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Posted (edited)

I have an 8SE. Brilliant scope in most ways. If you want to turn to the dark side (imaging), its not really suitable because its an Alt-Az mount. Imaging requires an EQ mount. 

For $1,200, id say you got a bargain.

Best advice that I can give is:

Use your scope and other stuff until you know it inside out and backwards. You will learn what works for you, and what doesnt. Dont rush to buy anything else. Astronomy is a slippery slope (imaging, even more so). The scope is the cheapest part. Its all the accessories and eyepieces that empty your wallet.

Edited by LukeSkywatcher

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19 hours ago, Louis D said:

During the summer season here in Texas, we get a high pressure dome that settles over us for months leading to dead stable skies and extreme drought conditions.  Every once in a while, a tropical storm or hurricane tries to bully its way into Texas for a few days every month or so, but that's about it.  As a result, 200x and more is quite usable with an 8" scope on most nights.  I've used 350x with just as much ease with my 15" Dob.  It's really mostly aperture limited.  During the fall to spring time frame, conditions are generally less favorable, but still better than in the UK.

In the UK we don't get that type of weather... so it is very rare to be able to use very high magnifications.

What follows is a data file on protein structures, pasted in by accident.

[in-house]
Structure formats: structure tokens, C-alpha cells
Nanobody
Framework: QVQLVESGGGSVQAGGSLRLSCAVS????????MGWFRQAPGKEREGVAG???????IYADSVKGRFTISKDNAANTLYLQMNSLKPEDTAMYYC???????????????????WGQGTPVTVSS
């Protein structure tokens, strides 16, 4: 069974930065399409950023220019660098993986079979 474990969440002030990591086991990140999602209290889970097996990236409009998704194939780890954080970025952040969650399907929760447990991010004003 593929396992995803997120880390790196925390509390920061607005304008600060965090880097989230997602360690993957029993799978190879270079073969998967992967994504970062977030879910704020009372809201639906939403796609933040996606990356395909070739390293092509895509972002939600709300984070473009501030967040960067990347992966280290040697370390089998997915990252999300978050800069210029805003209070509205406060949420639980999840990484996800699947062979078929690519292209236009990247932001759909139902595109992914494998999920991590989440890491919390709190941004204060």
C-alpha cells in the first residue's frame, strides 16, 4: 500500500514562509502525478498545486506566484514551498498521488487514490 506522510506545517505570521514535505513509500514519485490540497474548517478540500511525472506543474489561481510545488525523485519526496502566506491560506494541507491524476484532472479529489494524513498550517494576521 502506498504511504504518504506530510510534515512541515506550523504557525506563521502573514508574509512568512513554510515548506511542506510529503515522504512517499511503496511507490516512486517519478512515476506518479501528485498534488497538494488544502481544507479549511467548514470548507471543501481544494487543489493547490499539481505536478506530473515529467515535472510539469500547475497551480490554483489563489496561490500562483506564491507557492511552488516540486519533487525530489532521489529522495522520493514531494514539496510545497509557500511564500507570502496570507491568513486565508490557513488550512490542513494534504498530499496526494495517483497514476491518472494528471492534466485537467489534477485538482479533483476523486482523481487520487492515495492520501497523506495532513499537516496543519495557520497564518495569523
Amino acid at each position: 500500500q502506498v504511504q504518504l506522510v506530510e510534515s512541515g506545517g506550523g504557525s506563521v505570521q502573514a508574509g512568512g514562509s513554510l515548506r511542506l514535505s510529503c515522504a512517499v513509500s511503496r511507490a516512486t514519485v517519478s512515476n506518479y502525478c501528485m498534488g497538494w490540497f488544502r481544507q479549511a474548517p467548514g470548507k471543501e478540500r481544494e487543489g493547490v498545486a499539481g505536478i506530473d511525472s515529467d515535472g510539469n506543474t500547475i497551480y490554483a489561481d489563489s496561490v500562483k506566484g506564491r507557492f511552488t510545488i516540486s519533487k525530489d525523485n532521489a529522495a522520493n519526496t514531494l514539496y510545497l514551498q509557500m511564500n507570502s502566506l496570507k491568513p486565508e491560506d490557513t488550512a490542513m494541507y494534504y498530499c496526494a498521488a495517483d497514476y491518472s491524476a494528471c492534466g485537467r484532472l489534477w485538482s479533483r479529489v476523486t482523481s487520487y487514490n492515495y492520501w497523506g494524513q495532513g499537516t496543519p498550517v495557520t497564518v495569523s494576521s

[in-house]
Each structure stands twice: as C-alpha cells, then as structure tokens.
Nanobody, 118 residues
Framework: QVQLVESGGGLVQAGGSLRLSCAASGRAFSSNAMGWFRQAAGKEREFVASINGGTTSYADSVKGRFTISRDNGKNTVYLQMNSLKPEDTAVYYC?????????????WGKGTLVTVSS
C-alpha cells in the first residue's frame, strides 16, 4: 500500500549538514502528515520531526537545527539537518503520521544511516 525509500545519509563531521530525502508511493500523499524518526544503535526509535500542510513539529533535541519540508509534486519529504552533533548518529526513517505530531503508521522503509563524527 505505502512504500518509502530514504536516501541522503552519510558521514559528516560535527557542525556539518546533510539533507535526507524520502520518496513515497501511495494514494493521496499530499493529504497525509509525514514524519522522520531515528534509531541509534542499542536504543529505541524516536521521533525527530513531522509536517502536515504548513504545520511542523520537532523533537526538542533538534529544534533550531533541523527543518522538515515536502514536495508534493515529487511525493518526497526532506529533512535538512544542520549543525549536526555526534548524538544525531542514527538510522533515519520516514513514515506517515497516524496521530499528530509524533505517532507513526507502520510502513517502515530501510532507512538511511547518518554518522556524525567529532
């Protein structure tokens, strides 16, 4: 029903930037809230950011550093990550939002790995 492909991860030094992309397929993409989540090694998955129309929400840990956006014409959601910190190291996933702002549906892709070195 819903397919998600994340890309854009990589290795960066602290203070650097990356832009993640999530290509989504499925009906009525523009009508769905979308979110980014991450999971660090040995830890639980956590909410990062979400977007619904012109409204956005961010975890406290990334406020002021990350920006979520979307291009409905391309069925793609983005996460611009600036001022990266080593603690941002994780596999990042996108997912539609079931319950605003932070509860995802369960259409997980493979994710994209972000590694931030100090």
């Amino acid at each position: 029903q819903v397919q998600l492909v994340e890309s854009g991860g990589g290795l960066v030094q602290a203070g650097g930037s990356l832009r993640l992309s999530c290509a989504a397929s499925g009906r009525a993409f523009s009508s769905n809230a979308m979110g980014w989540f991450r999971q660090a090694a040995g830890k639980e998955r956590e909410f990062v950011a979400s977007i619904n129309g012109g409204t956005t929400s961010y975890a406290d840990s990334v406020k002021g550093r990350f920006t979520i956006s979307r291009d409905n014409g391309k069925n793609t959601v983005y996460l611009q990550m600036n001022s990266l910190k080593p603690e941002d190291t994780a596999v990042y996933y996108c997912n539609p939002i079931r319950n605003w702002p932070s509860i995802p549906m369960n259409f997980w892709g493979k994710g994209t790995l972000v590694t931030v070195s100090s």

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2 minutes ago, Tenor Viol said:

In the UK we don't get that type of weather... so it is very rare to be able to use very high magnifications. 

Ive used a 4mm eyepiece ONCE here in Ireland to view the Moon . It felt like i was hovering a couple of miles above the surface.  Ive never had that experience again. It was a night when everything was perfect.

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1 minute ago, LukeSkywatcher said:

Ive used a 4mm eyepiece ONCE here in Ireland to view the Moon . It felt like i was hovering a couple of miles above the surface.  Ive never had that experience again. It was a night when everything was perfect.

I remember many years ago seeing Saturn through a 5" Cooke refractor (f/15) under a fairly high magnification in extremely good conditions. That was about 40 years ago....

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Posted (edited)
4 minutes ago, Tenor Viol said:

I remember many years ago seeing Saturn through a 5" Cooke refractor (f/15) under a fairly high magnification in extremely good conditions. That was about 40 years ago....

My 1st view of Saturn was with a 90mm  Celestron Fistscope refractor (F11.....IIRC).  I cant remember the EP. I remember me words to this day. I cant post them here. It was in 2010.

Probably a 10mm Celstron Plossel.

Edited by LukeSkywatcher

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Posted (edited)

Thank you all very much.  Doing a little more research, I am not considering these lenses: